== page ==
Measuring a fuse for open is easy-ish. Replacing it in the DC-DC or Charger isn't.
I'm not sure what you're asking me. I'd said that fuses don't "go bad" or "get weak", two phrases that I've heard a lot over the years, by people who don't understand how fuses work and seem to be genuinely confused by electrical devices in general. You're asking:
What other reason do you see for such fuses blowing, if not exceeding their maximum allowable I2T value?
It seems we agree: fuses open because a current was exceeded for a long enough time interval; that's the purpose of fuses.
I wrote about fuses not "going bad" because I write that every year or so reflexively, whenever the subject of fuses "going bad" for no apparent reason comes up. Absent physical damage, fuses blow due to a circuit overload, not "it was old" or "magic is afoot in the world" or whatever superstitious reason a person might ascribe.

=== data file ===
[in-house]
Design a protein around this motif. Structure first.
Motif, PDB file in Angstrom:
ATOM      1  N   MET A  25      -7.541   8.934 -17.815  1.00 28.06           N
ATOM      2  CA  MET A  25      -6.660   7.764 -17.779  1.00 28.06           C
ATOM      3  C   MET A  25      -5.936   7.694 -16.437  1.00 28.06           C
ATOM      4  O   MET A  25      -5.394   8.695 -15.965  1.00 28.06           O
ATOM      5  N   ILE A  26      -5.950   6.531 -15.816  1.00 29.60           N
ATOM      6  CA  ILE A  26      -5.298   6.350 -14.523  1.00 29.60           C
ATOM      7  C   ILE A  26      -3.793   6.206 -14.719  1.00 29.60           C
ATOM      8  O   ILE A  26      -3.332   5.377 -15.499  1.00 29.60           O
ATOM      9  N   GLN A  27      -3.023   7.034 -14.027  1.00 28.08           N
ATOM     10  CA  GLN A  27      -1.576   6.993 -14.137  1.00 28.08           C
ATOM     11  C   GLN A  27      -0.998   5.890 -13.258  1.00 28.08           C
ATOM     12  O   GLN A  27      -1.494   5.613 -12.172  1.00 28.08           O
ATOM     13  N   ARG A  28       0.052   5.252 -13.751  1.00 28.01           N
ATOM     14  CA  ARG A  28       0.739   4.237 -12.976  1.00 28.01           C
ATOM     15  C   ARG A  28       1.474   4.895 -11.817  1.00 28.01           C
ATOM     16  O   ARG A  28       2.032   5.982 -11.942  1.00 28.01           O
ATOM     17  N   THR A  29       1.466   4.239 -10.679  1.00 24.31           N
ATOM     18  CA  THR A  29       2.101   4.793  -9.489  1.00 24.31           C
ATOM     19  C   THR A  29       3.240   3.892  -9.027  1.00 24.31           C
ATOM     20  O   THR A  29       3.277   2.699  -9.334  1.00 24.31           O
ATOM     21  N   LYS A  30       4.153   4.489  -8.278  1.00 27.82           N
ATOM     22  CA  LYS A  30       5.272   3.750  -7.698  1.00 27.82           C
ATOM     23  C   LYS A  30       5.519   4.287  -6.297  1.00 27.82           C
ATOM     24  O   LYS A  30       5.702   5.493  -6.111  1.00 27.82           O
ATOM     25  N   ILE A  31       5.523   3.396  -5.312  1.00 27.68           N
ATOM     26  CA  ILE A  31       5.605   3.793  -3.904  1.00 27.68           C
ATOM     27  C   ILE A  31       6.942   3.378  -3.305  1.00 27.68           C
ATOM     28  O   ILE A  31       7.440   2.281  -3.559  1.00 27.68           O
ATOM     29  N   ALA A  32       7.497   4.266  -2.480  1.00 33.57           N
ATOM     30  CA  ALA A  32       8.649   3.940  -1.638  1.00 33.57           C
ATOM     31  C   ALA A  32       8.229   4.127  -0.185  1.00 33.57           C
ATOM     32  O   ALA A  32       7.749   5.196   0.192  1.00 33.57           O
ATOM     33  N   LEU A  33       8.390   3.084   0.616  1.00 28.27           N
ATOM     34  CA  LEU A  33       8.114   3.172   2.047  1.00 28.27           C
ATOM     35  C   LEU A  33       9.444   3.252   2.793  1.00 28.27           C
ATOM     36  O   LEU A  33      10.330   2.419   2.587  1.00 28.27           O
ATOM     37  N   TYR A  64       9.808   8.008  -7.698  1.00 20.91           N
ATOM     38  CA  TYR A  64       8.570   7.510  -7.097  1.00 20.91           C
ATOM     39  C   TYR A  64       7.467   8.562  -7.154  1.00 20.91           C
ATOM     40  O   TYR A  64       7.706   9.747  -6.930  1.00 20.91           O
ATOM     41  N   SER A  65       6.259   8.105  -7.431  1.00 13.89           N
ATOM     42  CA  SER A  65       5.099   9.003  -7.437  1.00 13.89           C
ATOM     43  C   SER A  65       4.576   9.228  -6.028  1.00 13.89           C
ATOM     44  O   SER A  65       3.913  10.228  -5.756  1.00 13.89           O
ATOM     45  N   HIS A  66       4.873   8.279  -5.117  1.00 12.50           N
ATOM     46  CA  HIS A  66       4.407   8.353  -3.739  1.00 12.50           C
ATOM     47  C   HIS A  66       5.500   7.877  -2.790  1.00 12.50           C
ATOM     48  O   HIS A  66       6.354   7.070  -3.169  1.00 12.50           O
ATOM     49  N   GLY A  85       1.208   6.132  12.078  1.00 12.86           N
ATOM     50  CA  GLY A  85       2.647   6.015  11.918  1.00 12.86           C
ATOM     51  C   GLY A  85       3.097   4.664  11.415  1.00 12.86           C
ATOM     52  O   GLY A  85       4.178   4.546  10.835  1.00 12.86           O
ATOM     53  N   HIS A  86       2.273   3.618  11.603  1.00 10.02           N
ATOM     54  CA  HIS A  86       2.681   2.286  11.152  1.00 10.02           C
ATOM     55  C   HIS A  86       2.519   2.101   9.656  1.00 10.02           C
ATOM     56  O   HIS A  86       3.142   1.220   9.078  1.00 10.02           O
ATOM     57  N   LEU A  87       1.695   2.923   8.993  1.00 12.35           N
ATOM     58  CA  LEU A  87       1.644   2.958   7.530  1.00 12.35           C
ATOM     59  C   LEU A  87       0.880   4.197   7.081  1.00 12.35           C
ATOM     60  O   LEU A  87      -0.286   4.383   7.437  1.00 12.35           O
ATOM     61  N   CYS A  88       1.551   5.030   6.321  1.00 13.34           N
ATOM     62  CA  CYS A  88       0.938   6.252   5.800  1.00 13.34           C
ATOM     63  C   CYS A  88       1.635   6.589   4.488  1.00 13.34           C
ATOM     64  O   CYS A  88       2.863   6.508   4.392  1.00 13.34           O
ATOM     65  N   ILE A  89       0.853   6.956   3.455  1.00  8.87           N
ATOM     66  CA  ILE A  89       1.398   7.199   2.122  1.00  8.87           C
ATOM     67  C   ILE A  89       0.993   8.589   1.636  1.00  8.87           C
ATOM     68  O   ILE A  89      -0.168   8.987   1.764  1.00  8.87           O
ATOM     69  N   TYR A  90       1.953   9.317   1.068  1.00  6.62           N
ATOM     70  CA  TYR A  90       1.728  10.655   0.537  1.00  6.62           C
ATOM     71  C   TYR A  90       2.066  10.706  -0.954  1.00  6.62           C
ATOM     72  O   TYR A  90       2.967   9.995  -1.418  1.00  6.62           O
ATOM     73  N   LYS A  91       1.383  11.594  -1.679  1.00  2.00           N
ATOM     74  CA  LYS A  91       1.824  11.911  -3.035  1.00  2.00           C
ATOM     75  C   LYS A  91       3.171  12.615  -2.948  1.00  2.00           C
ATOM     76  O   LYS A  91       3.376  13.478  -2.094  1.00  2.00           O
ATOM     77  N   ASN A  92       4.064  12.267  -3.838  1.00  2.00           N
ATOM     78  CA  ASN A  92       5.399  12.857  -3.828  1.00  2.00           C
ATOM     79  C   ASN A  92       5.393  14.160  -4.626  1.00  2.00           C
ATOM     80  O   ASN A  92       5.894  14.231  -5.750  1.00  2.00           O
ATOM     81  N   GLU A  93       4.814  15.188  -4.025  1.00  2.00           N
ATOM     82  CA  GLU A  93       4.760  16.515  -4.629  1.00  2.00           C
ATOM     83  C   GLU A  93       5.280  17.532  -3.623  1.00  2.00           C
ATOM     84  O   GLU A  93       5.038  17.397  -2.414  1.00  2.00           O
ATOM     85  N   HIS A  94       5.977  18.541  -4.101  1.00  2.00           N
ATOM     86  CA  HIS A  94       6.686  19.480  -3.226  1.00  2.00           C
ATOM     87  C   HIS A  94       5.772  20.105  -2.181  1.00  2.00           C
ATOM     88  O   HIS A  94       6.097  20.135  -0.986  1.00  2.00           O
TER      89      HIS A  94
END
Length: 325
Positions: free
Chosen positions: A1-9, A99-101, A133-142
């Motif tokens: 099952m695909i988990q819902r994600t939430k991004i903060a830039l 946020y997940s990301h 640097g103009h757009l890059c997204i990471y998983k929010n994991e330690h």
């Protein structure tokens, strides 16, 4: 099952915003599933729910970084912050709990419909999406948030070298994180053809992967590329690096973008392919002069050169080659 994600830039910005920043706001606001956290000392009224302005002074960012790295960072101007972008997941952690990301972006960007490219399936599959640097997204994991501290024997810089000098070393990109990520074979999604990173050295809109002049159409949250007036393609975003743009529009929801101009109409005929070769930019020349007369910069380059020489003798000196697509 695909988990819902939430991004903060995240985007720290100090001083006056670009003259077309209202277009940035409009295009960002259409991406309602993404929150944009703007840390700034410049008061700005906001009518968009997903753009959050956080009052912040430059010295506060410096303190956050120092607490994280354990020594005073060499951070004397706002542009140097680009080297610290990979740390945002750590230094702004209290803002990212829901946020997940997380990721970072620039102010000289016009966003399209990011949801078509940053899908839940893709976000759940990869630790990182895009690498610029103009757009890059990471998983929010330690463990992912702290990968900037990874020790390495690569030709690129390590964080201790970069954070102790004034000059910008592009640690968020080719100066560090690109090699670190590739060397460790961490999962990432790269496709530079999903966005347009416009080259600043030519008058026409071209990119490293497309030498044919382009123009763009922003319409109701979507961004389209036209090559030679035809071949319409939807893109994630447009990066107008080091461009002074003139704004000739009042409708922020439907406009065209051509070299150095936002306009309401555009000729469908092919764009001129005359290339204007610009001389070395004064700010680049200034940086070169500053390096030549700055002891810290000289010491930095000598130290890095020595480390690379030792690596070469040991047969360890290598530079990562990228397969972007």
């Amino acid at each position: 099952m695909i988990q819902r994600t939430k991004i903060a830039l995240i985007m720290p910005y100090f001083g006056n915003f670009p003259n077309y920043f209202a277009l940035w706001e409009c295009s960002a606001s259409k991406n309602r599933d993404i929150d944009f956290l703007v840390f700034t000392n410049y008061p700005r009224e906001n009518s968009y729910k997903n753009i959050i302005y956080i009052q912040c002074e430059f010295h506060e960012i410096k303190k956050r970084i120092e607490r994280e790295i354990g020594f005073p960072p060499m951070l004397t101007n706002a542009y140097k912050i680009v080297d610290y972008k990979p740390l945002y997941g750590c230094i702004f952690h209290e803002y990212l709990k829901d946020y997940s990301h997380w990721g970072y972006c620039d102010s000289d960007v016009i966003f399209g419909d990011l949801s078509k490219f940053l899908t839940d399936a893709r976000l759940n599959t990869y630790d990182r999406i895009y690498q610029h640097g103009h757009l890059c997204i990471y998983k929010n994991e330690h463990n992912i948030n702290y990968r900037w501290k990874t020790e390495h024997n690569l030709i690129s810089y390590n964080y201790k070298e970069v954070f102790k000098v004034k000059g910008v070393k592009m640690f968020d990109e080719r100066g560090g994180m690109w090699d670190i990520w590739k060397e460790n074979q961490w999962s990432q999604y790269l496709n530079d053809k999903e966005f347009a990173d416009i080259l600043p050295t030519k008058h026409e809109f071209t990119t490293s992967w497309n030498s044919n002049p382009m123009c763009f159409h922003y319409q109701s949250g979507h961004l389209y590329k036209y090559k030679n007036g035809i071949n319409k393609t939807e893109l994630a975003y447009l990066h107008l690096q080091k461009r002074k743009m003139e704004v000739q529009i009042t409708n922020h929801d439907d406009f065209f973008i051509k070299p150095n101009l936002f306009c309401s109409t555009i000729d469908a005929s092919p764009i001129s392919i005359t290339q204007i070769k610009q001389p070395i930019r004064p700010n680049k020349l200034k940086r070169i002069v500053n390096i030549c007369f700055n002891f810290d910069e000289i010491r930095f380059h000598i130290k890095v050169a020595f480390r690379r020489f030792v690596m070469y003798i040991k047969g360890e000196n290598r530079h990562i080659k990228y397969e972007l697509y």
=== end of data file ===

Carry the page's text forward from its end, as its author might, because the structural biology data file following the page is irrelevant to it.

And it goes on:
In the old days, fuses blew a lot more frequently, and equipment was designed with that in mind, so fuses could be changed easily; they were "user serviceable parts" in the old parlance. Nowadays, it seems fuses are buried many man-hours into equipment, and what purpose they thus serve is no longer apparent. To protect the wiring? If the fuse is not serviceable, that is (I guess) the fuses' only purpose now.